"Poor little milksop, I suppose he's afraid of getting drowned, or of
doing something his mamma, or his grandmamma, or somebody wouldn't like
their little pet to do.  We'd better put him ashore, boys; and mind his
precious little boots don't get wet while we're about it!"

It was a cruel blow, and struck home at Archer's one weak point.

Plucky and adventurous as he was, the one thing he could not endure was
to be laughed at.  And his face flushed, and his lips quivered, as he
heard Hall's brutal speech, and marked the smile with which, I am
ashamed to say, we received it.

"I'm _not_ afraid," he exclaimed.

"Then why don't you want to go?"

He was silent for some time.  A struggle was evidently going on in his
mind.  But the sneer on Hall's face determined him.

"I do want to go.  I've changed my mind!"

"That's the style," said Hutton, patting him on the back.  "I knew you
were one of the right sort."

Hall, too, condescended to approve of his decision, and at once began to
busy himself with preparations for our immediate start.

I, however, was by no means comfortable at what had taken place.  It was
plain to see Charlie had yielded against his better judgment, and that
with whatever alacrity he might now throw himself into the scheme, his
mind was not easy.  Had I been less selfishly inclined towards my own
pleasure, I should have sided with him in his desire not to engage in a
questionable proceeding; but, alas! my wishes in this case had ruled my
conscience.  Still, I made one feeble effort on Archer's behalf.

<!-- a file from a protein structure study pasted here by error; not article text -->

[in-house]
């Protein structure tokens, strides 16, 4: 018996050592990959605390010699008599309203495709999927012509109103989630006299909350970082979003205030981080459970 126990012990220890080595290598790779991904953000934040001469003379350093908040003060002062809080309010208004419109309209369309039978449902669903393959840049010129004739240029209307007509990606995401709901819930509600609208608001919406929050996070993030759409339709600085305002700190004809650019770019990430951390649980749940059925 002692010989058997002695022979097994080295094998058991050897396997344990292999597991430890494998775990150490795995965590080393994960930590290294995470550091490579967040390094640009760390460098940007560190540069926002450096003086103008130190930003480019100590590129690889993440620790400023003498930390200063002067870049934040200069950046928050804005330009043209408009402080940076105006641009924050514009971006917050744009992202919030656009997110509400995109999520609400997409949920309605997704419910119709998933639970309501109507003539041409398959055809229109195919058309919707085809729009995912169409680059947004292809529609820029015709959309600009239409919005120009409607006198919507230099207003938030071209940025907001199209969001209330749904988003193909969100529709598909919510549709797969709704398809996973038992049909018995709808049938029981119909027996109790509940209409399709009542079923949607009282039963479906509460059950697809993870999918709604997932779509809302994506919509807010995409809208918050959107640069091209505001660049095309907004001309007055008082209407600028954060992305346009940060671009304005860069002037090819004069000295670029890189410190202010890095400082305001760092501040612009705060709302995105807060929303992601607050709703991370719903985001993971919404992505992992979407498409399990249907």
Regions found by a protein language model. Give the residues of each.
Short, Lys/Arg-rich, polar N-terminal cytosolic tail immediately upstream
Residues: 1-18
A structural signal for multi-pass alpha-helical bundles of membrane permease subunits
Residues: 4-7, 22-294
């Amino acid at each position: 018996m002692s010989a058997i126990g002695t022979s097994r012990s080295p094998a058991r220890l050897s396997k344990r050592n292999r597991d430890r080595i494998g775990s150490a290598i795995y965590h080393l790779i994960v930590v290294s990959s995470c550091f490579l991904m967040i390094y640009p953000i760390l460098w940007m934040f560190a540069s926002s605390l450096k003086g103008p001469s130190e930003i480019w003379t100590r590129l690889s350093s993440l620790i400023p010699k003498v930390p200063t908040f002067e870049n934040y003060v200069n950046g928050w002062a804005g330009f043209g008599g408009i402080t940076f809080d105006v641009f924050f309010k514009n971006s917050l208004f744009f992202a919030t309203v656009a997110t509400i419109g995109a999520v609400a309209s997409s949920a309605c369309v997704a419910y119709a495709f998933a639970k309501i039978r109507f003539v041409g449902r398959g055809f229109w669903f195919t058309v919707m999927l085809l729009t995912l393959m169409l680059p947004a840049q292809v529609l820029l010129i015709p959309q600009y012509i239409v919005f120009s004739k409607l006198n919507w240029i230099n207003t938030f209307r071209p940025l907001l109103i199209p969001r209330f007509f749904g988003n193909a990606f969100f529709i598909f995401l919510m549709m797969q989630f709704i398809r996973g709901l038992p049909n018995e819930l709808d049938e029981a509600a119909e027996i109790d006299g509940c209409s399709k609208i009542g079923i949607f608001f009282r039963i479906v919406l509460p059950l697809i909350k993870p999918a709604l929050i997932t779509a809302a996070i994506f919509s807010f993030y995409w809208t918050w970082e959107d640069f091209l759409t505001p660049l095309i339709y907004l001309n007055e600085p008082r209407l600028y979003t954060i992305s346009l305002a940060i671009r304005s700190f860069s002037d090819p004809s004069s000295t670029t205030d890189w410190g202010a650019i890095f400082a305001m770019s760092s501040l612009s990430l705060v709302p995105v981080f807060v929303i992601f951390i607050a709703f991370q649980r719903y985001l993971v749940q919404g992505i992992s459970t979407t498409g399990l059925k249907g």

"Hall," whispered I, as I stooped with him to disengage the ropes at the
bottom of the boat, "what's the use of taking Charlie when he doesn't
want to go?  We may as well put him ashore if he'd sooner not go."

"Archer," said Hall, looking up from his ropes, "did you say you wanted
to go, or not?"

The question was accompanied by a look which made it hard for the boy to
reply anything but--

"I want to go."

"And it's your own free will, eh?"

"Yes."

So ended my weak effort.  If only I had been more determined to do
right; if, alas!  I had imagined a thousandth part of what that day was
to bring forth, I would have set Archer ashore, whether he would or not,
even if to do so had cost me my life.

But this is anticipating.

For half an hour we were busy getting our boat trim for her voyage.  She
was a somewhat old craft, in which for many years past we had been wont
to cruise down the seaward reaches of the Colven, carrying one lug-sail,
and with thwarts for two pairs of oars.  She was steady on her keel,
and, as far as we had been able to judge, sound in every respect, and a
good sailor.  Certainly, on a day like this, a cockleshell would have
had nothing to fear, and we were half sorry we had not a lighter boat
than the one we were in to take us across to Shargle.

Hall, who assumed the command from the first, impressed us not a little
by the businesslike way in which he set to work to get everything ship-